Walking through London’s Alexandra Palace, it’s almost as if the arena was the headliner’s own private festival. In addition to the merch stands, craft beer and world food were being sold from stands in the foyer. The size of the arena is immense, to the point where there was a jazz fusion band playing to anyone who was taking their time and milling around. Yet, if you were to go straight to the arena to reserve your space at the barrier, you wouldn’t even know there was a mini-festival happening only a room away.
As Ally Pally’s main room was filling up quite respectably, support act Lower Than Atlantis (★★★) took to the stage. Even though this wasn’t their tour, it was clear they had their fair share of fans in the crowd, going by the amount of screams emanating from the front row.
Wasting no time, the Herts four-piece kicked off their set with Safe In Sound’s Had Enough. As LTA played through their set, it was strange to see a straight up rock band seem so out of place, given the headliner’s obvious massive blend of influences. In between a set list full of tracks such as Ain’t No Friend and Get Over It, lead vocalist and guitarist Mike Duce’s crowd work left something to desire. Although statements like “if you aren’t with us you’re against us, and you don’t want that” are meant in jest (I hope), it really doesn’t translate well, and instead of being cocky and funny, when he addressed the crowd of fans, he appeared smugger than intended.
As the band were finishing up the set, the crowd were asked to get down as low as they could. As soon as English Kids In America dropped, every fan in London jumped up to their feet to mosh, dance and sing along. This energy was still prevalent as Lower Than Atlantis closed out their set with Here We Go.
During the interim between bands, fans were milling around, either queuing at the bar or outside at the smoking area, when out of nowhere, a familiar voice spoke over the PA: “10 minutes until operation: The Spark”.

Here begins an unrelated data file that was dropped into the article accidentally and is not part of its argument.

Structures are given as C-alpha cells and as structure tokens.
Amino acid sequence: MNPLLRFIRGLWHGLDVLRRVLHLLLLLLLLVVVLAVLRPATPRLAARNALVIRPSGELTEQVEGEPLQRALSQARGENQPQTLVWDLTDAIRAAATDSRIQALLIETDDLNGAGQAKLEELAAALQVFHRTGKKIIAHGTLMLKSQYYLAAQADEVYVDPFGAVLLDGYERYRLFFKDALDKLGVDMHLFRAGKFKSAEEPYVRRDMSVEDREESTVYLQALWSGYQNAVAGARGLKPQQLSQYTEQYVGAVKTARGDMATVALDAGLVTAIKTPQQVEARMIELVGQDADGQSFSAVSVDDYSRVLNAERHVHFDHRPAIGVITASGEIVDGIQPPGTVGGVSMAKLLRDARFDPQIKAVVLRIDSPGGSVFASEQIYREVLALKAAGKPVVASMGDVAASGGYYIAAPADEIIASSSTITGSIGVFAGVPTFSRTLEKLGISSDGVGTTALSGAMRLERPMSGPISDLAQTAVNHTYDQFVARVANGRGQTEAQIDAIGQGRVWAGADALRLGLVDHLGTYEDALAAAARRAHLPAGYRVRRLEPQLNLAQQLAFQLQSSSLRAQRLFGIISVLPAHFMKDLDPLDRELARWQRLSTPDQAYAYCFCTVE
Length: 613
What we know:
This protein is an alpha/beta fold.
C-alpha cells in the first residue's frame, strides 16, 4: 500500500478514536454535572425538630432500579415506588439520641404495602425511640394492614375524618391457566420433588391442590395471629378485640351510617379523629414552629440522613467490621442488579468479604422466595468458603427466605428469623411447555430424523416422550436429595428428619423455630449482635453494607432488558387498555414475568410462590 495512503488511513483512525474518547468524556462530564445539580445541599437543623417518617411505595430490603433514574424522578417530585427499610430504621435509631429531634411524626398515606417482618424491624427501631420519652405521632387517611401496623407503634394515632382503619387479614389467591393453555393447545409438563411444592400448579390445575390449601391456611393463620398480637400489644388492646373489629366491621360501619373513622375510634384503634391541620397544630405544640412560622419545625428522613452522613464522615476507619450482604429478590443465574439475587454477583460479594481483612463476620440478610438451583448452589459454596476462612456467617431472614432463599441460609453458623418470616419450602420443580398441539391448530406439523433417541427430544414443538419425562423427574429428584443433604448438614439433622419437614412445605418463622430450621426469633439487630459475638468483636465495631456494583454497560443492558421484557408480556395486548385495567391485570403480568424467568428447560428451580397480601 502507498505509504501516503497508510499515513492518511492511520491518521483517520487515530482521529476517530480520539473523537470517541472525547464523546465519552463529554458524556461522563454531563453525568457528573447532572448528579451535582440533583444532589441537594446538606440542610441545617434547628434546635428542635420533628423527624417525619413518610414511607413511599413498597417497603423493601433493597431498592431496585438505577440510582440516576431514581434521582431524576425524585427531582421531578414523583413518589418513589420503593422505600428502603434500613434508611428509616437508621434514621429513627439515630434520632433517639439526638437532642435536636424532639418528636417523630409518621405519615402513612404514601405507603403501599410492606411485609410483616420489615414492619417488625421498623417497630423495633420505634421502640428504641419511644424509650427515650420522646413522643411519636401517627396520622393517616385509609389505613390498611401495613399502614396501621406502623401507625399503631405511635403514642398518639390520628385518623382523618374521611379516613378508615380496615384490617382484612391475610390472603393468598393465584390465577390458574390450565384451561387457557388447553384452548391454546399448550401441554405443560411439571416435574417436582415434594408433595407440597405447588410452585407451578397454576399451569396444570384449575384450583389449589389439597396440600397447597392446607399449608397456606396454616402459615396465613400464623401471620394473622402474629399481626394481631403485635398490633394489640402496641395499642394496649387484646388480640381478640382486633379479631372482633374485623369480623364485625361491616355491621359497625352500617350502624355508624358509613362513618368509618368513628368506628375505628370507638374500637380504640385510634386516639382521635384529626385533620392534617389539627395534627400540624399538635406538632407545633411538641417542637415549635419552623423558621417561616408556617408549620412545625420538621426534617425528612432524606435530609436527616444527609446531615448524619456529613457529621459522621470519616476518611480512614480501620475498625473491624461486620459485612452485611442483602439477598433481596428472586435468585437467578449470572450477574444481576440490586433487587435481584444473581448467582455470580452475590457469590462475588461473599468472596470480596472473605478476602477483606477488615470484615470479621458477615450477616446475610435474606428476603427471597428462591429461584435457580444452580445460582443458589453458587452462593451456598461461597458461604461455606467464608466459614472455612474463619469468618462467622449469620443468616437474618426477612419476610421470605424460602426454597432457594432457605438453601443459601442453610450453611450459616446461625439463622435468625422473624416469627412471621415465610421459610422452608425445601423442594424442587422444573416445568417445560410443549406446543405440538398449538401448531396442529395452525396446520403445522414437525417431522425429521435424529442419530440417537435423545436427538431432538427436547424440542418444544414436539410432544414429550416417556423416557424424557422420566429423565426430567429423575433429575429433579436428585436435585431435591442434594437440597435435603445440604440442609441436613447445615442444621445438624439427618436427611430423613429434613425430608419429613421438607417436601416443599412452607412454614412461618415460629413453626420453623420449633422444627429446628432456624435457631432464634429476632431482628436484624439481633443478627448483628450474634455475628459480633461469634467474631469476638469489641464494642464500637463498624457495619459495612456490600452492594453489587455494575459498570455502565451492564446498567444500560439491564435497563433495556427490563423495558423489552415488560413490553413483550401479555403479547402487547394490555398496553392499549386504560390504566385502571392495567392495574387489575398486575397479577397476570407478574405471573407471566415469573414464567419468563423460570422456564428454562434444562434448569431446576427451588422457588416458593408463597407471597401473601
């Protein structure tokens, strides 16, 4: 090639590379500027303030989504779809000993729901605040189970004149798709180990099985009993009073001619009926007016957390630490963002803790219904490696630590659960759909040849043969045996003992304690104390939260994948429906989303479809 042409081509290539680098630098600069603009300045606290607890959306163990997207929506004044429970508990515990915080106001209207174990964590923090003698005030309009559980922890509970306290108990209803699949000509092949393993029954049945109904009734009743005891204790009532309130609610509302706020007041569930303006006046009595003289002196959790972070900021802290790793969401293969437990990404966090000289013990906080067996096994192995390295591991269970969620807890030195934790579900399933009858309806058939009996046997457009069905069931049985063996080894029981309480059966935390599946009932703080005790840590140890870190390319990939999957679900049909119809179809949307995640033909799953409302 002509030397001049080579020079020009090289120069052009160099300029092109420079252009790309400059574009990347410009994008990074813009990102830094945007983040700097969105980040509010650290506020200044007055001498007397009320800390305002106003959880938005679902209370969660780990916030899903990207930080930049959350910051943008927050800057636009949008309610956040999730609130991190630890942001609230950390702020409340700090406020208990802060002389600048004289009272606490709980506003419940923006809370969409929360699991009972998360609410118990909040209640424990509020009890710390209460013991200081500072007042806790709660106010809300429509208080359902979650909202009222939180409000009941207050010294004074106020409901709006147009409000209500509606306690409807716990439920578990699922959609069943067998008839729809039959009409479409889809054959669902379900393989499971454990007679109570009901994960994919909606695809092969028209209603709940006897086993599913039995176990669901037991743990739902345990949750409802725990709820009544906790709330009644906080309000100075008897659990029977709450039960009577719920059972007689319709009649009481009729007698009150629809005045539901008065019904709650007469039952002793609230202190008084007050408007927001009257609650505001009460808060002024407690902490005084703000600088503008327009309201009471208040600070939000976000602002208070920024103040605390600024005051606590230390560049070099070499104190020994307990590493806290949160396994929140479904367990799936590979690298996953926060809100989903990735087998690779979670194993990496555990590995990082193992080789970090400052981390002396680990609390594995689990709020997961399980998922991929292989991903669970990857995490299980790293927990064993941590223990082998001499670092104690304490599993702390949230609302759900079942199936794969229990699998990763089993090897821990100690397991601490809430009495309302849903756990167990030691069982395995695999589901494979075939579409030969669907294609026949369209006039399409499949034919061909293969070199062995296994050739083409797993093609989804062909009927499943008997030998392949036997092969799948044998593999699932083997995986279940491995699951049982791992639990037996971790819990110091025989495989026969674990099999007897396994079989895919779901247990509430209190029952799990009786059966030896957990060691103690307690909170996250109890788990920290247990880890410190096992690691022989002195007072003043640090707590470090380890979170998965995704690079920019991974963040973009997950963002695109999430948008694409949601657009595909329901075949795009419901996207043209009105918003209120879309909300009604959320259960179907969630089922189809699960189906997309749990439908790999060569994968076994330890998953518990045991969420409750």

Announcements continued as Ally Pally’s main room filled up. Secret agents Magpie, Lion, Ostrich and Arctic Fox signed in, and the first glimpse of the impressive quadrophonic sound was witnessed as the sounds of airplanes whizzed around the arena.
As the sounds of The Spark filled Alexandra Palace, Enter Shikari (★★★★★) hit the stage and began playing new single The Sights. From the first chord, the headliner’s impressive stage show was on full display, with strobe lights flashing and a radar dish suspended from the ceiling.
Even though this was very much The Spark Tour, it didn’t stop the band from surprising the audience with Solidarity and the decade old single Anything Can Happen In The Next Half Hour. After a small microphone malfunction (read: Rou managed to break his mic not four songs in) the St. Albans four-piece went straight back to their chaotic performance as the fans sung along to The Last Garrison. All throughout their set, Enter Shikari had strips of lights flashing, video feeds projected either side of the stage, and their radar dish showing off not only pre-made visuals for each song, but even a live feed of Lead Vocalist Rou’s typewriter to introduce The Spark’s Undercover Agents. As visuals of climate change consequences filled the radar dish to the sound of Arguing With Thermometers, the scale of Enter Shikari’s arena tour hit home: an independent hardcore band were selling out arenas, and bringing a show to match this achievement’s magnitude.
As the last few notes of Rabble Rouser rang out, Alexandra Palace was immersed in darkness. A brief radio transmission declared someone was trapped on an airfield, and as the sounds of airplanes whizzed all around, the lights came back up to reveal Rou on their “B stage”, a small stage right in the centre of the main room, with a piano and a drum kit.
As Rou played a beautiful rendition of Airfield, drummer Rob Rolfe joined him on the tiny stage to complete the track’s immense ending, and then to hype the crowd when fan-favourite Adieu ended with the Routron 5000 remix.
Once all band members were back on stage together, Rou announced they were about to play something special: a quickfire round. Blending the iconic Sorry, You’re Not A Winner with not only Sssnakepit and …Meltdown, but the rarely played Antwepen, the quickfire round had the crowd at a fever pitch. This level of excitement was exactly what they band had hoped for as they finished the set with the ever-rowdy, knees up affair that is Zzzonked.
After a brief pause, the band returned to stage triumphant to play their encore. After the euphoric Redshift, Enter Shikari ended their headline Alexandra Palace show with Live Outside, which had fans singing long after the house lights went up and the arena slowly emptied.